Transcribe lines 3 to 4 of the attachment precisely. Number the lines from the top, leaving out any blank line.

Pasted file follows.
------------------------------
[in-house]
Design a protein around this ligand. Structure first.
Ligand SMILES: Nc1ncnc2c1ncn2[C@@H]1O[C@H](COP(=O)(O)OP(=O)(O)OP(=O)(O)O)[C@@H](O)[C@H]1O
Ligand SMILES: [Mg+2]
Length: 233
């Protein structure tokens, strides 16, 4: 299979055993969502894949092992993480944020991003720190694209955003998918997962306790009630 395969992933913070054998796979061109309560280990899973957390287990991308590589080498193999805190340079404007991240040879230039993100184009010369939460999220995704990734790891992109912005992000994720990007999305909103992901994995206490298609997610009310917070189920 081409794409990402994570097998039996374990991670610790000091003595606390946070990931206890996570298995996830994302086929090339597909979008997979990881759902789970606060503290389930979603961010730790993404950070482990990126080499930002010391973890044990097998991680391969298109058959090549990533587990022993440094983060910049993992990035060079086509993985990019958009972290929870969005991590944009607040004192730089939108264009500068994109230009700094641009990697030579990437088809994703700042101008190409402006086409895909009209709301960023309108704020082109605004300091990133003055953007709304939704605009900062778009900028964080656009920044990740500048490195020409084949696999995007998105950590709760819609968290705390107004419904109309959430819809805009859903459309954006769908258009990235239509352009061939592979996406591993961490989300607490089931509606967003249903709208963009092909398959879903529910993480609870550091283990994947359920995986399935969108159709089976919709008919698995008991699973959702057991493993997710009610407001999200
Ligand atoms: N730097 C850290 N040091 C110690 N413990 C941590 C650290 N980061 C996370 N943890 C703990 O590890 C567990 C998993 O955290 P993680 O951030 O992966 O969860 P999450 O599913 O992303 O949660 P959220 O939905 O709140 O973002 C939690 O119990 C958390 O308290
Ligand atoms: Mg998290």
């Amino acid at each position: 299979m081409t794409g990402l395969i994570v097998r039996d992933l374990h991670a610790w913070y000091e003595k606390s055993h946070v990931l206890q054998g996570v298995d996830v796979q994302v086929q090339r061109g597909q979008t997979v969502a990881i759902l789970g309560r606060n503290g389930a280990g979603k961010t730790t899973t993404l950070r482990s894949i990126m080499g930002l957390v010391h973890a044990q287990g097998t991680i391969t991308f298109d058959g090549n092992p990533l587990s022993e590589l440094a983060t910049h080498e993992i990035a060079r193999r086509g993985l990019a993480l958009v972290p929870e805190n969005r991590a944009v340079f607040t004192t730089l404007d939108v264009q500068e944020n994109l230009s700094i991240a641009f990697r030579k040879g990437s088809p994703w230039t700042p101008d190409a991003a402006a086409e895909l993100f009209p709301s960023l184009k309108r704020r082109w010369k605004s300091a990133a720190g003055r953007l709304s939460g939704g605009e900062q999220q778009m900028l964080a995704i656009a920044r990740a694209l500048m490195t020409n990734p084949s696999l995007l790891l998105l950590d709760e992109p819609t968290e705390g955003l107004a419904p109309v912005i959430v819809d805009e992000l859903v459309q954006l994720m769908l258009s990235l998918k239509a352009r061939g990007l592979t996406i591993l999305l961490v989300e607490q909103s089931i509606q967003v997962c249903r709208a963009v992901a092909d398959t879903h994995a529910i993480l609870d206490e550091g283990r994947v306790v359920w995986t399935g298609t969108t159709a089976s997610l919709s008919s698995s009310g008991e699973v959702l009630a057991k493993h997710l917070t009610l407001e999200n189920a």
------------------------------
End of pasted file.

Ligand SMILES: Nc1ncnc2c1ncn2[C@@H]1O[C@H](COP(=O)(O)OP(=O)(O)OP(=O)(O)O)[C@@H](O)[C@H]1O
Ligand SMILES: [Mg+2]